Perry lands a big shot that makes the cut on Felder’s face gush blood, all the way down his face and onto his torso. The doctor steps in to check on Felder but doesn’t stop the fight.

Returning to the previous position, Felder lands a big elbow before completing a takedown to close the round, 10-9 Perry.

Miocic vs Cormier UFC 226 live blog, round-by-round

Mike Perry vs. Paul Felder – round 1

Felder, who is moving up in weight, darts forward and cracks heads with Perry. A cut opens on the forehead of both men, with Perry getting the worst of the collision.

Perry connects with a hard elbow that makes Felder separate and returns the middle of the Octagon. Perry drills his smaller opponent with another elbow as he begins to stalk Felder.

A counter left-hand from Perry lands on the button as he follows up with a wild flurry that misses. Felder is tough beyond words, having taken Perrys best shots without even flinching.

Felder, the part-time commentator, creates space with a high kick and continues to keep Perry on the outside with a stepping side kick.

Felder has found his range late, using his kicks to perfection but Perry still finds a way to get inside, landing a thudding punch to close the frame, 10-9 Perry.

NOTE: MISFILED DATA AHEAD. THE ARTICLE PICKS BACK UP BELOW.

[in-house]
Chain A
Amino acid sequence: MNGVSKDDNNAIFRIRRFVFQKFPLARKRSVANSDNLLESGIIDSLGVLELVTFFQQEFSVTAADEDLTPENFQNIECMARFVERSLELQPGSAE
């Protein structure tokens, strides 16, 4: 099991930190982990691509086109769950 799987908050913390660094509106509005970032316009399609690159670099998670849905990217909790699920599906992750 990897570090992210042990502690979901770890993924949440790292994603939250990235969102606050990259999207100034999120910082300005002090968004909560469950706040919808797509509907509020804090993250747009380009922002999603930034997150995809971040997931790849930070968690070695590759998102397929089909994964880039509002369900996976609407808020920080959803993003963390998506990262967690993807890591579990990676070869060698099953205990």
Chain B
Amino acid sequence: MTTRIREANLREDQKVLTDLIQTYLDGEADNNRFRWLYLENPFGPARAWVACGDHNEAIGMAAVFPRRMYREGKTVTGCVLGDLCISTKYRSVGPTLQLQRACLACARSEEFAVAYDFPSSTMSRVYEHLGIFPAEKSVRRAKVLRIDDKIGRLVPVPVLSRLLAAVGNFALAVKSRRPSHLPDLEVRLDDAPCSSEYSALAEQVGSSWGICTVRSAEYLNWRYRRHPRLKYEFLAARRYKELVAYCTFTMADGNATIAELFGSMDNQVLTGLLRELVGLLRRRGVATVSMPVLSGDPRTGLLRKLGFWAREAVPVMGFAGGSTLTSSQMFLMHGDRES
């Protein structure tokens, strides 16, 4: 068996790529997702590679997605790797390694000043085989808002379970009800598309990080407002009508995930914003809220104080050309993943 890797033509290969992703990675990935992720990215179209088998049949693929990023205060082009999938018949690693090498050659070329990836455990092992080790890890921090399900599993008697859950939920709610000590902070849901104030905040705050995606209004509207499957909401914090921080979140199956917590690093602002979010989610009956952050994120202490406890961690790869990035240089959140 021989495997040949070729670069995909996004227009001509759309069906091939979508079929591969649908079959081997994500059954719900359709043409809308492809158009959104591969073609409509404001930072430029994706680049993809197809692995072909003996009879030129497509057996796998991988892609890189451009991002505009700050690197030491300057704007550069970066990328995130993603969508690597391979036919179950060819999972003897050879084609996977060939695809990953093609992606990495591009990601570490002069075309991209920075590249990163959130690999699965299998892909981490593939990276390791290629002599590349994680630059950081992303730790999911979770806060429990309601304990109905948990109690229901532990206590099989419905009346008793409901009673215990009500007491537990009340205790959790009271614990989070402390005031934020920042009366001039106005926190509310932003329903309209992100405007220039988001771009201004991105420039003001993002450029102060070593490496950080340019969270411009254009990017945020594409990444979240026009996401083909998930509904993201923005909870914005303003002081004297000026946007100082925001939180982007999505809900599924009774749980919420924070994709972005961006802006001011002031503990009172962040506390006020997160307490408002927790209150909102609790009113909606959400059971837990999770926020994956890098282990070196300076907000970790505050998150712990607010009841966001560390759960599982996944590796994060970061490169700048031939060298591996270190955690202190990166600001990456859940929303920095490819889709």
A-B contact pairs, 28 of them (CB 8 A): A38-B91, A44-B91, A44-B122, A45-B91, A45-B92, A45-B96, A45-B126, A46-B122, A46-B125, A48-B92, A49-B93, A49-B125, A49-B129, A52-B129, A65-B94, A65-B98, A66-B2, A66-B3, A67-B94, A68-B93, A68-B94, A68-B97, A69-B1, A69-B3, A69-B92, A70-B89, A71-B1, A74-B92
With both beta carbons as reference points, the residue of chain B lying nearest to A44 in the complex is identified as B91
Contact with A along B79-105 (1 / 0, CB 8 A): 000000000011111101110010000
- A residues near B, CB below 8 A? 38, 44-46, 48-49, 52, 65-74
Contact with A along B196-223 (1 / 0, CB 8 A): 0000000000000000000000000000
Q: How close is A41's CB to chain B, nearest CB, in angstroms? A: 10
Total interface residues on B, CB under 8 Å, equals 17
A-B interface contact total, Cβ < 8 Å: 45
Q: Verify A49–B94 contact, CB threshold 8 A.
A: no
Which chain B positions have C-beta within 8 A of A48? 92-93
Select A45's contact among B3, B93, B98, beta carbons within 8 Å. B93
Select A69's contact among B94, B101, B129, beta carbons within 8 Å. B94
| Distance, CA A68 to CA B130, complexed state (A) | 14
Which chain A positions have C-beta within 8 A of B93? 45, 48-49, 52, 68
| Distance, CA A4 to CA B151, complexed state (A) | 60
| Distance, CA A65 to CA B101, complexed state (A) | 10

Miocic vs Cormier UFC 226 live blog, round-by-round

Michael Chiesa vs. Anthony Pettis

A refreshed Pettis stuns Chiesa with a right-hand in the opening seconds and looks to align a triangle choke on his stunned opponent. Chiesa adjusts the choke and finally sinks it in to force the tap out.

Result: Anthony Pettis def. Michael Chiesa via submission (triangle armbar) at 0:56 of round 2

Miocic vs Cormier UFC 226 live blog, round-by-round

Michael Chiesa vs. Anthony Pettis – round 1

Pettis, the former UFC lightweight champion, opens with a low kick but pays for it immediately with his larger opponent landing an easy takedown.

The crowd, who have been served up mostly action fights today, begins to boo already. Chiesa attempts to align a choke but gives the Milwaukee-born striker an opportunity to slither out and take the back.

Returning to his feet, Pettis breaks free. It’s short-lived, though, as Chiesa quickly closes the distance. Pressing Pettis against the cage, Chiesa smothers him before landing an outside trip takedown to ground the Roufussport poster boy.

Pettis threatens from his back and creates an opportunity to again return to his feet. With a minute on the clock, Pettis begins chopping Chiesa down with leg kicks. This is particularly interesting because Chiesa’s team at Sik Jitsu are notorious for refusing to block low kicks. That will be something to watch in the final two frames. 10-9 Chiesa.